Since 2003 the EU say fuel can be taxed for domestic flights. Netherlands tried to do it but stopped in 2012 because of low revenue from the tax. Seems that multiple EU countries need to do it simultaneously for it to work.

Your direct road pricing would require tracking for the miles driven. Not a bad idea but I can see problems with it being accepted on privacy grounds. Basing it on vehicle axle weight is sensible as the heavier the vehicle the more damage done to the road.

Aircraft fuel tax 0 rate is set by international treaty. It would take an immense amount of work to change. On the other hand many countries have some form of tax on tickets, which amounts to the same thing.

Direct road pricing on a vehicle axle weight x distance driven calculation is inevitable in many countries, and the technology is all there to do it.

Quite right too hosede! That would cost the EU parliament members more money when they took their skiing vacations.

Supposedly it's because aircraft fly from one country to the next and it would require a unilateral tax across the world or they would all tank up in a country that didn't have the tax. Tanking up unnecessarily would supposedly result in higher emissions because the aircraft would be flying with excess weight due to fuel.

This is of course complete BS because most aircraft couldn't land if they had all that excess fuel. The real reason is that short haul flying would not be able to compete with other forms of transport if the fuel was taxed on a like for like basis. With the extra security at check in some of the short journey times are similar to a car. I'm expecting robotaxis to eat into these short haul flights.

Yet no-one as far as I know taxes aircraft fuel!
The one thing governments dislike is falling tax revenues; they are like drug addicts looking for a bigger and bigger fix. The "problem" with EVs is the energy to charge might come from solar cells and that doesn't generate tax. Last year cars generated £35 billion in tax so you can see where the concern is coming from.
FT - 7/5/24:

...fuel tax collection has been falling for some time due to increasing fuel efficiency of internal combustion engine vehicles. The growing prevalence of EVs on the road is putting extra pressure on an important source of government revenues.

By 2030 EVs are forecast to displace 6mn barrels a day of global oil consumption, according to the International Energy Agency. Demand in 2023 was 102mn b/d.

IEA data shows the shift to EVs displaced $10bn in revenues from petrol and diesel taxes globally last year, net of modest gains from new electricity tax revenue. The net loss is projected to rise to $110bn by 2035 if countries meet their electrification targets, robbing governments of vital funds that are often ringfenced to pay for road maintenance and transport improvements.

Europe, where countries tend to charge higher taxes on petrol and diesel compared with the US and China, made up 60 per cent of global revenue losses last year. While countries will claw back some funding in electricity taxes, the revenue is marginal compared with the loss in fuel taxes, the agency said.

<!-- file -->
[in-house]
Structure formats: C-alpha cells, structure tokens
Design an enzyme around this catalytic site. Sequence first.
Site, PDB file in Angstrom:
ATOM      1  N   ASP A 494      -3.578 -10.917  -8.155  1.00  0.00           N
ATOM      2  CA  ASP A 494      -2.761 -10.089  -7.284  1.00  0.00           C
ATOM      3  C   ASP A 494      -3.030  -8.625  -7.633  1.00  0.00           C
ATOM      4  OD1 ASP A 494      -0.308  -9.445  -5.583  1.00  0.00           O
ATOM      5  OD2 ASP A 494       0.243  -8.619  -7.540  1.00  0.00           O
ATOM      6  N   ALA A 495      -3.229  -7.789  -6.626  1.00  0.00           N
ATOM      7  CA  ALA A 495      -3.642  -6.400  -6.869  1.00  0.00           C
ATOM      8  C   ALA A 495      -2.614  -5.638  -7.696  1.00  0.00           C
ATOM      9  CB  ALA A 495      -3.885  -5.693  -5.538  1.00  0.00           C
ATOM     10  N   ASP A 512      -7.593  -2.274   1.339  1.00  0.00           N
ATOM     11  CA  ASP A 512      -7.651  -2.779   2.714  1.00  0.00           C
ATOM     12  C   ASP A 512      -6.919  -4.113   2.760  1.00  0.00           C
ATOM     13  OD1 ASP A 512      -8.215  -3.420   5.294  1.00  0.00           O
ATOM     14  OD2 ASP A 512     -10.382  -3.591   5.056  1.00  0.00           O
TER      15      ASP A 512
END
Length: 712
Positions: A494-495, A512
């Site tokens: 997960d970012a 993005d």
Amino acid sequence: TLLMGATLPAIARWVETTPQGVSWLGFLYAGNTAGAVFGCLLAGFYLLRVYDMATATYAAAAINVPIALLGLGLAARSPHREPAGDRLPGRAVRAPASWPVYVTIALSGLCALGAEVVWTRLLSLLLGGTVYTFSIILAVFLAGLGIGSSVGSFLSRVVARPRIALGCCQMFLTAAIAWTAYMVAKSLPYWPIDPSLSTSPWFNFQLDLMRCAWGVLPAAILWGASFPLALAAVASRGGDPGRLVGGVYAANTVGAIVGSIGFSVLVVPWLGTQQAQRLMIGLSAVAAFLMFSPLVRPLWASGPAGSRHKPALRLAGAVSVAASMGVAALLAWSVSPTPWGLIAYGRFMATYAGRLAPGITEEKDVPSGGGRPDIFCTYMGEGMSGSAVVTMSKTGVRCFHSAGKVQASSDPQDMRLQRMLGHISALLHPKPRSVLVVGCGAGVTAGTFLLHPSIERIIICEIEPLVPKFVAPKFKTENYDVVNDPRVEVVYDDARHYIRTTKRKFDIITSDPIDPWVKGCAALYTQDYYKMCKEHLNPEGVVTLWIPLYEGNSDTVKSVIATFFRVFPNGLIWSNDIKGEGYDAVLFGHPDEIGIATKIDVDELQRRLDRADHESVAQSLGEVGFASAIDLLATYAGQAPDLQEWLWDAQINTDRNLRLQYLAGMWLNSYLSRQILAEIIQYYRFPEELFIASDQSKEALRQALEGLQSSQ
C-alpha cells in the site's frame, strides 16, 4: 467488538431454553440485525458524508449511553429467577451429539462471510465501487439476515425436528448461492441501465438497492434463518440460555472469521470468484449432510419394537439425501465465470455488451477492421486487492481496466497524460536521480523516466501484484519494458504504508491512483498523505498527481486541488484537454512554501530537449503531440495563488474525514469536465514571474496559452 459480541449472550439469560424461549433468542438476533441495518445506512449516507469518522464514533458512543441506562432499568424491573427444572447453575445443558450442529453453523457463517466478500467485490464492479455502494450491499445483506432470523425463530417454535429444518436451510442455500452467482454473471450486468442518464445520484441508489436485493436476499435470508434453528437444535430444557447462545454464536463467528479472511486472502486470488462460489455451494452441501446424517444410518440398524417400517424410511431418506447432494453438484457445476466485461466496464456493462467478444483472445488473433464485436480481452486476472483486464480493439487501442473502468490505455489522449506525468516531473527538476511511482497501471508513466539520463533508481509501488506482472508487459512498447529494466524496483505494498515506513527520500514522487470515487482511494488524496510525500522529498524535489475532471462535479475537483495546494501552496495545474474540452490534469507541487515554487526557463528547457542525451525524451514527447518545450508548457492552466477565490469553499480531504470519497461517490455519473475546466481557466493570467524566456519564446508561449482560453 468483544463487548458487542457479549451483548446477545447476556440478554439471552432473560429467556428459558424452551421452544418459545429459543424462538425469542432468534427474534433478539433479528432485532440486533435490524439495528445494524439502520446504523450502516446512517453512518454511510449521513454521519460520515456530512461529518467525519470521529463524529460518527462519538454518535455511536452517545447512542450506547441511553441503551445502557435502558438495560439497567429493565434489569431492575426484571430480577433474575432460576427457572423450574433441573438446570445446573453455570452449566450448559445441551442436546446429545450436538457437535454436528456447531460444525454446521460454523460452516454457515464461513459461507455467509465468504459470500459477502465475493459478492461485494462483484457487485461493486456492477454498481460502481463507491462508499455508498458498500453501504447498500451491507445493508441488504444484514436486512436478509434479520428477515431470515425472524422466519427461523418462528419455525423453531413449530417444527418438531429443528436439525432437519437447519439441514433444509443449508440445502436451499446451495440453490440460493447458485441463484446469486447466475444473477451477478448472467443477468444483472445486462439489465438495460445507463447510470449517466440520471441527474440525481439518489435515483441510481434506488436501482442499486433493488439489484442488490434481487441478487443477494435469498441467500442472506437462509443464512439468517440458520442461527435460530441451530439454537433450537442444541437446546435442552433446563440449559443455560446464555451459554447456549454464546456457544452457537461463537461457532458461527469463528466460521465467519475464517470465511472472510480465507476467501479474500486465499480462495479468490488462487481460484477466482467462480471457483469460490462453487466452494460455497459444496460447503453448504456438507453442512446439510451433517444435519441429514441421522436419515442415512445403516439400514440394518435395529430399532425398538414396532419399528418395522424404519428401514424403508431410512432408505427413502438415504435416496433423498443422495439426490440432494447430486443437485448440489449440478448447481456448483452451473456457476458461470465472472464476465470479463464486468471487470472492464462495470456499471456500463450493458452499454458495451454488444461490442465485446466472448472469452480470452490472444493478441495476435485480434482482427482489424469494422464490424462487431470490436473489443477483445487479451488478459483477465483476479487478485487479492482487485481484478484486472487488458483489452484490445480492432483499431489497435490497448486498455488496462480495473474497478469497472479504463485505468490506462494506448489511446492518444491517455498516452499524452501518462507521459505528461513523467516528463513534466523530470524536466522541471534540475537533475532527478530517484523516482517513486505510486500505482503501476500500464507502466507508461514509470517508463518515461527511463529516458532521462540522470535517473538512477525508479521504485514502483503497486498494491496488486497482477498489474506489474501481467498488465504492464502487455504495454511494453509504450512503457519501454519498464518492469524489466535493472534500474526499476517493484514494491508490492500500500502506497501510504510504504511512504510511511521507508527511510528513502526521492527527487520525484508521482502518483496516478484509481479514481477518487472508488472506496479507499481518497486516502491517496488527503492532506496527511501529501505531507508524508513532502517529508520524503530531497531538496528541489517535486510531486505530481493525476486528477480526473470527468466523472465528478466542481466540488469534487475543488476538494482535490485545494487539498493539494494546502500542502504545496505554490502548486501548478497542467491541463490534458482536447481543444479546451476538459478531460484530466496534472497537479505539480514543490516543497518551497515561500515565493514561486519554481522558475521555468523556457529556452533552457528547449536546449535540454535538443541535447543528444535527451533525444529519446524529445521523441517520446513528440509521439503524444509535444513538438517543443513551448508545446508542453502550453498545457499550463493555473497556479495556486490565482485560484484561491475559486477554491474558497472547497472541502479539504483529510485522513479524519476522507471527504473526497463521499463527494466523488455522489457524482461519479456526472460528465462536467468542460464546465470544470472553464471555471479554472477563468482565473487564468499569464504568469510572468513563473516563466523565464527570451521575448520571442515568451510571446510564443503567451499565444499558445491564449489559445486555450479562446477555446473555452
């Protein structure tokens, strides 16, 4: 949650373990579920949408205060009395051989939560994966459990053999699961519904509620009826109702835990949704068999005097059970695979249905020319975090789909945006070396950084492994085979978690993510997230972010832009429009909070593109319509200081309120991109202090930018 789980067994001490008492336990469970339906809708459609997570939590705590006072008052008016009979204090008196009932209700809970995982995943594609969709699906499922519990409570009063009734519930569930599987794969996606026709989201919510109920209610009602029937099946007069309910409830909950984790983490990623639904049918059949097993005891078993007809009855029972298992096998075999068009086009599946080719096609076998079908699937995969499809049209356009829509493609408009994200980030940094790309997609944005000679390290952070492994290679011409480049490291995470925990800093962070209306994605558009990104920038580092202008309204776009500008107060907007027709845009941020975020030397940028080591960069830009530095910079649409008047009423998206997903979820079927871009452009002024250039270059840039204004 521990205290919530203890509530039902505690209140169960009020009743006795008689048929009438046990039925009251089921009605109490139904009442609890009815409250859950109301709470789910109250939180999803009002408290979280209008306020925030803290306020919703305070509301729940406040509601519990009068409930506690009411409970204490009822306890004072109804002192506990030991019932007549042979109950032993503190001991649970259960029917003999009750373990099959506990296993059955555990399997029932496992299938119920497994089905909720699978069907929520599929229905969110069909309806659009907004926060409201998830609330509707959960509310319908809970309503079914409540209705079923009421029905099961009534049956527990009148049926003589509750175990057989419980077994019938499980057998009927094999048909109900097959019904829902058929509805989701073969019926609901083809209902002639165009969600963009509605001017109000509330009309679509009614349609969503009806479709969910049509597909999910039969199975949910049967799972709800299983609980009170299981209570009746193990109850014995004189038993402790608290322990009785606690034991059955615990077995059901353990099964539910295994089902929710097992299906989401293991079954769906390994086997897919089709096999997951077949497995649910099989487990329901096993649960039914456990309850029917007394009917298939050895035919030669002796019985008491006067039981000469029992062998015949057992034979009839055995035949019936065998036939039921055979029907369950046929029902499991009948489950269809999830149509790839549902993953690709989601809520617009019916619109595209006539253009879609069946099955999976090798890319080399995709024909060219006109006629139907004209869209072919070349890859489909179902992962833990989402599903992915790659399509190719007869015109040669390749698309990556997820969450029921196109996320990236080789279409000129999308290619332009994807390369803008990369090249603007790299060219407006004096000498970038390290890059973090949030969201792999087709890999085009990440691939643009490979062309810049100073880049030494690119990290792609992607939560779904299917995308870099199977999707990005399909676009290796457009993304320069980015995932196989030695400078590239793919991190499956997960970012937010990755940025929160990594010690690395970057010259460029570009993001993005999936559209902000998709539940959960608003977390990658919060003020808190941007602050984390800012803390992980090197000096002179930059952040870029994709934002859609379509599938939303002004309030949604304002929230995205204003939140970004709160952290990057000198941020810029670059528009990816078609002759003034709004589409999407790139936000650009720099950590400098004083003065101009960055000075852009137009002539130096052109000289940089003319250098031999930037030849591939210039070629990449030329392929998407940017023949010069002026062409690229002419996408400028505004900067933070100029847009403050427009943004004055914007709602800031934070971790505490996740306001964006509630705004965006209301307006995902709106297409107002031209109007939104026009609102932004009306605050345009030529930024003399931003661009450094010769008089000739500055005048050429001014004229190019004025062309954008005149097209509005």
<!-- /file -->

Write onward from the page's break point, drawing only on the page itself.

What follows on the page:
As a growing number of governments set deadlines for the phaseout of combustion engine cars, policymakers are being forced to consider unpopular tax reforms.

Last month New Zealand introduced road use charges based on distance travelled for EVs and plug-in hybrid vehicles for the first time, saying the policy was badly needed to raise revenues for road maintenance as fuel tax collections fell.

Owners of light EVs face charges of NZ$76 ($46) per 1,000km, a fee in line with equivalent diesel-powered vehicles. Plug-in hybrid owners must pay NZ$38 per 1,000km, a lower charge because they already pay tax on fuel.

“This transition to road user charges is about fairness and equity. It will ensure that all road users are contributing to the upkeep and maintenance of our roads, irrespective of the type of vehicle they choose to drive,” said Simeon Brown, New Zealand’s transport minister, when justifying the policy change.

The charges were slammed by EV lobby groups and green campaigners, which have warned they will slow uptake of non-polluting vehicles and result in plug-in hybrid EV drivers paying more than those driving standard cars.

Israel tax authorities are proposing a similar travel usage charge for EVs, which is intended to come into force in 2026 to tackle congestion and the budget deficit, which has soared due to the war with Hamas.

But many governments facing a similar drain on fuel tax revenues, such as the UK and Ireland, have so far baulked at introducing unpopular mileage-based road user charges for EVs. Instead, they have begun to phase out or reduce tax breaks for EV drivers to bolster tax collection.

simon gordon
One explanation for Musk's desire for a $56bn pay award:

Big Think - 5/4/24

Why the ultra rich get rich, explained in two charts | Brian Klaas

simon gordon

Still early days for that at the FT.

The intellectual humility of the tech-gods is one interesting aspect of their being. SBF would have cut a better deal if he had come down to earth like Zhao.

simon gordon